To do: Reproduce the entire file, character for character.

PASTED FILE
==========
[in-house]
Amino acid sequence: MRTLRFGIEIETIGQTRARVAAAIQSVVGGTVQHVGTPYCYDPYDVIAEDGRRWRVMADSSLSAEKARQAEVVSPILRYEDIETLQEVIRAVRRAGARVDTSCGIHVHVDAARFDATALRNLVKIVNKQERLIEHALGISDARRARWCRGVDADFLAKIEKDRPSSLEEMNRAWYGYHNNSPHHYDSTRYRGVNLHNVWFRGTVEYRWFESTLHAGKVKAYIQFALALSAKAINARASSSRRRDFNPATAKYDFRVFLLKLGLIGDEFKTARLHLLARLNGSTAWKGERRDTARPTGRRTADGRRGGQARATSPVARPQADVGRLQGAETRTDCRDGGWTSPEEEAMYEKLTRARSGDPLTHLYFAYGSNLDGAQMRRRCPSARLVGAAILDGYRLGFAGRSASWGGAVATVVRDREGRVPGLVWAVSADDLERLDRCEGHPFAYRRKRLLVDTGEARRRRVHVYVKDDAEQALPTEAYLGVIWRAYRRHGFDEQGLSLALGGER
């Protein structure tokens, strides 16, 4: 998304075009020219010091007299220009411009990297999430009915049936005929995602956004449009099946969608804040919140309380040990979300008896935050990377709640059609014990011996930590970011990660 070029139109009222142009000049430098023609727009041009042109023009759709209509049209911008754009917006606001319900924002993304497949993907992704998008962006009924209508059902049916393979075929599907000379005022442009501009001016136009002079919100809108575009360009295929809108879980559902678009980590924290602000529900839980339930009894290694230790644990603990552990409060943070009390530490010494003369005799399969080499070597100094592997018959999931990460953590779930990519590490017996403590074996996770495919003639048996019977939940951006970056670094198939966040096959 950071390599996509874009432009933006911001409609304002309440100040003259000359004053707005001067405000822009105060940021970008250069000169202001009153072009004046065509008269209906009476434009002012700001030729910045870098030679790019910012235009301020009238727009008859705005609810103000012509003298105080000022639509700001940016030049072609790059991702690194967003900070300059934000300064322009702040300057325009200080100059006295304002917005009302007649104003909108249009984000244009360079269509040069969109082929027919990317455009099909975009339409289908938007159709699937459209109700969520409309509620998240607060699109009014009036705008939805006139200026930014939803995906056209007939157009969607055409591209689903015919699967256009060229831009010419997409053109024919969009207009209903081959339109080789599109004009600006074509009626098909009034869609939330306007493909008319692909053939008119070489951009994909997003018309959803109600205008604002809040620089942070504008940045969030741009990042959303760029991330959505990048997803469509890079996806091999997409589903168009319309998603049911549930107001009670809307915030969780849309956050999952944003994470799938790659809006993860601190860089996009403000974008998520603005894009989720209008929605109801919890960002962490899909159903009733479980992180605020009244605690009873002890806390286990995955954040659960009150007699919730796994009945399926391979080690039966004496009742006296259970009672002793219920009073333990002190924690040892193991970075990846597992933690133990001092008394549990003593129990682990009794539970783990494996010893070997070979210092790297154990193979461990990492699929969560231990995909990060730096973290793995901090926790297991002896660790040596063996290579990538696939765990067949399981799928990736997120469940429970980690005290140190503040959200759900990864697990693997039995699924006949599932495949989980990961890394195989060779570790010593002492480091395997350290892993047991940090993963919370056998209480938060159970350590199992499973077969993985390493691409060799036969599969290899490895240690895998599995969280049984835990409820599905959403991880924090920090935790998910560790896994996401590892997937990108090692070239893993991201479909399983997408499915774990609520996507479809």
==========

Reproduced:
[in-house]
Amino acid sequence: MRTLRFGIEIETIGQTRARVAAAIQSVVGGTVQHVGTPYCYDPYDVIAEDGRRWRVMADSSLSAEKARQAEVVSPILRYEDIETLQEVIRAVRRAGARVDTSCGIHVHVDAARFDATALRNLVKIVNKQERLIEHALGISDARRARWCRGVDADFLAKIEKDRPSSLEEMNRAWYGYHNNSPHHYDSTRYRGVNLHNVWFRGTVEYRWFESTLHAGKVKAYIQFALALSAKAINARASSSRRRDFNPATAKYDFRVFLLKLGLIGDEFKTARLHLLARLNGSTAWKGERRDTARPTGRRTADGRRGGQARATSPVARPQADVGRLQGAETRTDCRDGGWTSPEEEAMYEKLTRARSGDPLTHLYFAYGSNLDGAQMRRRCPSARLVGAAILDGYRLGFAGRSASWGGAVATVVRDREGRVPGLVWAVSADDLERLDRCEGHPFAYRRKRLLVDTGEARRRRVHVYVKDDAEQALPTEAYLGVIWRAYRRHGFDEQGLSLALGGER
């Protein structure tokens, strides 16, 4: 998304075009020219010091007299220009411009990297999430009915049936005929995602956004449009099946969608804040919140309380040990979300008896935050990377709640059609014990011996930590970011990660 070029139109009222142009000049430098023609727009041009042109023009759709209509049209911008754009917006606001319900924002993304497949993907992704998008962006009924209508059902049916393979075929599907000379005022442009501009001016136009002079919100809108575009360009295929809108879980559902678009980590924290602000529900839980339930009894290694230790644990603990552990409060943070009390530490010494003369005799399969080499070597100094592997018959999931990460953590779930990519590490017996403590074996996770495919003639048996019977939940951006970056670094198939966040096959 950071390599996509874009432009933006911001409609304002309440100040003259000359004053707005001067405000822009105060940021970008250069000169202001009153072009004046065509008269209906009476434009002012700001030729910045870098030679790019910012235009301020009238727009008859705005609810103000012509003298105080000022639509700001940016030049072609790059991702690194967003900070300059934000300064322009702040300057325009200080100059006295304002917005009302007649104003909108249009984000244009360079269509040069969109082929027919990317455009099909975009339409289908938007159709699937459209109700969520409309509620998240607060699109009014009036705008939805006139200026930014939803995906056209007939157009969607055409591209689903015919699967256009060229831009010419997409053109024919969009207009209903081959339109080789599109004009600006074509009626098909009034869609939330306007493909008319692909053939008119070489951009994909997003018309959803109600205008604002809040620089942070504008940045969030741009990042959303760029991330959505990048997803469509890079996806091999997409589903168009319309998603049911549930107001009670809307915030969780849309956050999952944003994470799938790659809006993860601190860089996009403000974008998520603005894009989720209008929605109801919890960002962490899909159903009733479980992180605020009244605690009873002890806390286990995955954040659960009150007699919730796994009945399926391979080690039966004496009742006296259970009672002793219920009073333990002190924690040892193991970075990846597992933690133990001092008394549990003593129990682990009794539970783990494996010893070997070979210092790297154990193979461990990492699929969560231990995909990060730096973290793995901090926790297991002896660790040596063996290579990538696939765990067949399981799928990736997120469940429970980690005290140190503040959200759900990864697990693997039995699924006949599932495949989980990961890394195989060779570790010593002492480091395997350290892993047991940090993963919370056998209480938060159970350590199992499973077969993985390493691409060799036969599969290899490895240690895998599995969280049984835990409820599905959403991880924090920090935790998910560790896994996401590892997937990108090692070239893993991201479909399983997408499915774990609520996507479809």